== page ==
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35 KILLED, DOZENS MISSING IN ETHIOPIA GARBAGE DUMP LANDSLIDE

Police officers at the scene of the rubbish landslide as excavators aid rescue efforts

Police officers at the scene of the rubbish landslide as excavators aid rescue efforts


ADDIS ABABA, Ethiopia (AP) — A landslide swept through a massive garbage dump on the outskirts of Ethiopia’s capital, killing at least 35 people and leaving several dozen missing, residents said, as officials vowed to relocate those who called the landfill home.

Addis Ababa city spokeswoman Dagmawit Moges said most of the dead were women and children, and more bodies were expected to be found in the coming hours.

It was not immediately clear what caused Saturday night’s landslide at the Koshe Garbage Landfill, which buried several makeshift homes and concrete buildings. The landfill has been a dumping ground for the capital’s garbage for more than 50 years.

About 150 people were there when the landslide occurred, resident Assefa Teklemahimanot told The Associated Press. Addis Ababa Mayor Diriba Kuma said 37 people had been rescued and were receiving medical treatment. Dagmawit said two had serious injuries.

Many people at the landfill had been scavenging items to make a living, but others live there because renting homes, largely built of mud and sticks, is relatively inexpensive.

An AP reporter saw four bodies taken away by ambulances after being pulled from the debris. Elderly women cried, and others stood anxiously waiting for news of loved ones. Six excavators dug through the ruins.

“My house was right inside there,” said a shaken Tebeju Asres, pointing to where one of the excavators was digging in deep, black mud. “My mother and three of my sisters were there when the landslide happened. Now I don’t know the fate of all of them.”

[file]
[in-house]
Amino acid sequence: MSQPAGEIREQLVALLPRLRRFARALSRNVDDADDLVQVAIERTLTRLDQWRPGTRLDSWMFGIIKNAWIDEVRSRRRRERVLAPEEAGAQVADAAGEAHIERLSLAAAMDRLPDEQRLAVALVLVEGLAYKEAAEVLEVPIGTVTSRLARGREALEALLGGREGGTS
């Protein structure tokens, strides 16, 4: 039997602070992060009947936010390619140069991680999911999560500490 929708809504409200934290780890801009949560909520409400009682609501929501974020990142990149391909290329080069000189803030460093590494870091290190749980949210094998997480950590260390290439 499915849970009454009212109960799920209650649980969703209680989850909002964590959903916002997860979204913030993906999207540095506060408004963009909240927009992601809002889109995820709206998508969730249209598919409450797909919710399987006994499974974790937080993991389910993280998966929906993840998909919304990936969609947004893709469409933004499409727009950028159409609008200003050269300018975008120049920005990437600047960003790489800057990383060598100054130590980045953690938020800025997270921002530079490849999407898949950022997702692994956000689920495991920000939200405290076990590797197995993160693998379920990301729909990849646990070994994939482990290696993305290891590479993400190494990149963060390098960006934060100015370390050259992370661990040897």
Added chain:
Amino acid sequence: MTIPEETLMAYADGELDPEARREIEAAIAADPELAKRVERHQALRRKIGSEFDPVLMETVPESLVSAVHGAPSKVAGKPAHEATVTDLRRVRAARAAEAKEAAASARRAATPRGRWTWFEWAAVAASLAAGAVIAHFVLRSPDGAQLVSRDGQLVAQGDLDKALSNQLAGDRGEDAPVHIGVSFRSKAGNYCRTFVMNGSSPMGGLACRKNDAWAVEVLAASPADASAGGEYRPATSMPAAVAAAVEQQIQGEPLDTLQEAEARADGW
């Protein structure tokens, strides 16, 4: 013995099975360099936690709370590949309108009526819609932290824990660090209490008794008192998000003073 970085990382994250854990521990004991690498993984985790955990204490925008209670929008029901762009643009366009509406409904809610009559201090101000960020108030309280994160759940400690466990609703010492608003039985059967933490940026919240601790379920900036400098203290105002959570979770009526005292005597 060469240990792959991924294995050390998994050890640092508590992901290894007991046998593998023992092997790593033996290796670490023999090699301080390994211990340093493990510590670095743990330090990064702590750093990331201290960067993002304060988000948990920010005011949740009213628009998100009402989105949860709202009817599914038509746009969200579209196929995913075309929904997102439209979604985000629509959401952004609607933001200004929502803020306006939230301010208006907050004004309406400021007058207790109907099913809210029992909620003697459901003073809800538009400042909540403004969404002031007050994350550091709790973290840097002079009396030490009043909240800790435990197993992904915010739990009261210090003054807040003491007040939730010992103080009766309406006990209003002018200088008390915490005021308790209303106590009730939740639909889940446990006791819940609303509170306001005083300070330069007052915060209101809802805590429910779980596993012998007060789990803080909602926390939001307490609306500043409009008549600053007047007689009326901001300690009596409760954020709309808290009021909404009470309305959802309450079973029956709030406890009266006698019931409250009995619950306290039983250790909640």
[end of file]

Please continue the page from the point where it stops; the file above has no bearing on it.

The resumption of garbage dumping at the site in recent months likely caused the landslide, Assefa said. The dumping had stopped in recent years, but it resumed after farmers in a nearby restive region where a new garbage landfill complex was being built blocked dumping in their area.

Smaller landslides have occurred at the Koshe landfill in the past two years but only two or three people were killed, Assefa said.

“In the long run, we will conduct a resettling program to relocate people who live in and around the landfill,” the Addis Ababa mayor said.

Around 500 waste-pickers are believed to work at the landfill every day, sorting through the debris from the capital’s estimated 4 million residents. City officials say close to 300,000 tons of waste are collected each year from the capital, most of it dumped at the landfill.

Since 2010, city officials have warned that the landfill was running out of room and was being closed in by nearby housing and schools.

City officials in recent years have been trying to turn the garbage into a source of clean energy with a $120 million investment. The Koshe waste-to-energy facility, which has been under construction since 2013, is expected to generate 50 megawatts of electricity upon completion.

Ethiopia, which has one of Africa’s fastest growing economies, is under a state of emergency imposed in October after several months of sometimes deadly protests demanding wider political freedoms.

The death toll has risen to 35 after a landslide swept through a massive rubbish dump on the outskirts of Ethiopia’s capital.

Associated Press

Addis Ababa city spokeswoman Dagmawit Moges says most of the dead are women and children, and more bodies are expected to be found in the coming hours.

One resident says about 150 people were there when the landslide occurred on Saturday night.

The cause of the accident was not immediately clear, but residents say dumping of rubbish had resumed there in recent months.

Hundreds of people are believed to be at the landfill every day scavenging items to make a living. Others live there in makeshift homes.

Belfast Telegraph